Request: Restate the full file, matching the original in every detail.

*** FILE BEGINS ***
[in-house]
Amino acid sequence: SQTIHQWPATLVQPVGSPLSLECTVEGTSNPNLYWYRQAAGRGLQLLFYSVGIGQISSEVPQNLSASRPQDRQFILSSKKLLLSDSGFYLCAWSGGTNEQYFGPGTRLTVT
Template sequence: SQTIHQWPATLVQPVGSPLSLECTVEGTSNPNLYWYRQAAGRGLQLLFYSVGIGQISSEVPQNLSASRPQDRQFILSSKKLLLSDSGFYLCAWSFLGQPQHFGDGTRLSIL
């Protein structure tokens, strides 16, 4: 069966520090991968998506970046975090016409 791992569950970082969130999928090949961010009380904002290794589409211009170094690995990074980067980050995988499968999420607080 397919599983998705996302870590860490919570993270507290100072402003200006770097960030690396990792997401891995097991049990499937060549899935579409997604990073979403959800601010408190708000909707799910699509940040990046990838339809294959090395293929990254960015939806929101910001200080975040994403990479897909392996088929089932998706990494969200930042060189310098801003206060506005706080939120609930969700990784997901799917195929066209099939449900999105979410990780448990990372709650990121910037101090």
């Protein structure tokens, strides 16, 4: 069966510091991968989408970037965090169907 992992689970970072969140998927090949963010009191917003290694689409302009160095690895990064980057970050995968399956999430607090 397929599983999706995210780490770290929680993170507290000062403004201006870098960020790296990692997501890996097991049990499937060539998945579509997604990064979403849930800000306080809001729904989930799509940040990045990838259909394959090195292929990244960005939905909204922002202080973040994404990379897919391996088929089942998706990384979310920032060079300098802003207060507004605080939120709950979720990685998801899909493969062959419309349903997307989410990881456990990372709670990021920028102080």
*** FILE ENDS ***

[in-house]
Amino acid sequence: SQTIHQWPATLVQPVGSPLSLECTVEGTSNPNLYWYRQAAGRGLQLLFYSVGIGQISSEVPQNLSASRPQDRQFILSSKKLLLSDSGFYLCAWSGGTNEQYFGPGTRLTVT
Template sequence: SQTIHQWPATLVQPVGSPLSLECTVEGTSNPNLYWYRQAAGRGLQLLFYSVGIGQISSEVPQNLSASRPQDRQFILSSKKLLLSDSGFYLCAWSFLGQPQHFGDGTRLSIL
């Protein structure tokens, strides 16, 4: 069966520090991968998506970046975090016409 791992569950970082969130999928090949961010009380904002290794589409211009170094690995990074980067980050995988499968999420607080 397919599983998705996302870590860490919570993270507290100072402003200006770097960030690396990792997401891995097991049990499937060549899935579409997604990073979403959800601010408190708000909707799910699509940040990046990838339809294959090395293929990254960015939806929101910001200080975040994403990479897909392996088929089932998706990494969200930042060189310098801003206060506005706080939120609930969700990784997901799917195929066209099939449900999105979410990780448990990372709650990121910037101090």
């Protein structure tokens, strides 16, 4: 069966510091991968989408970037965090169907 992992689970970072969140998927090949963010009191917003290694689409302009160095690895990064980057970050995968399956999430607090 397929599983999706995210780490770290929680993170507290000062403004201006870098960020790296990692997501890996097991049990499937060539998945579509997604990064979403849930800000306080809001729904989930799509940040990045990838259909394959090195292929990244960005939905909204922002202080973040994404990379897919391996088929089942998706990384979310920032060079300098802003207060507004605080939120709950979720990685998801899909493969062959419309349903997307989410990881456990990372709670990021920028102080």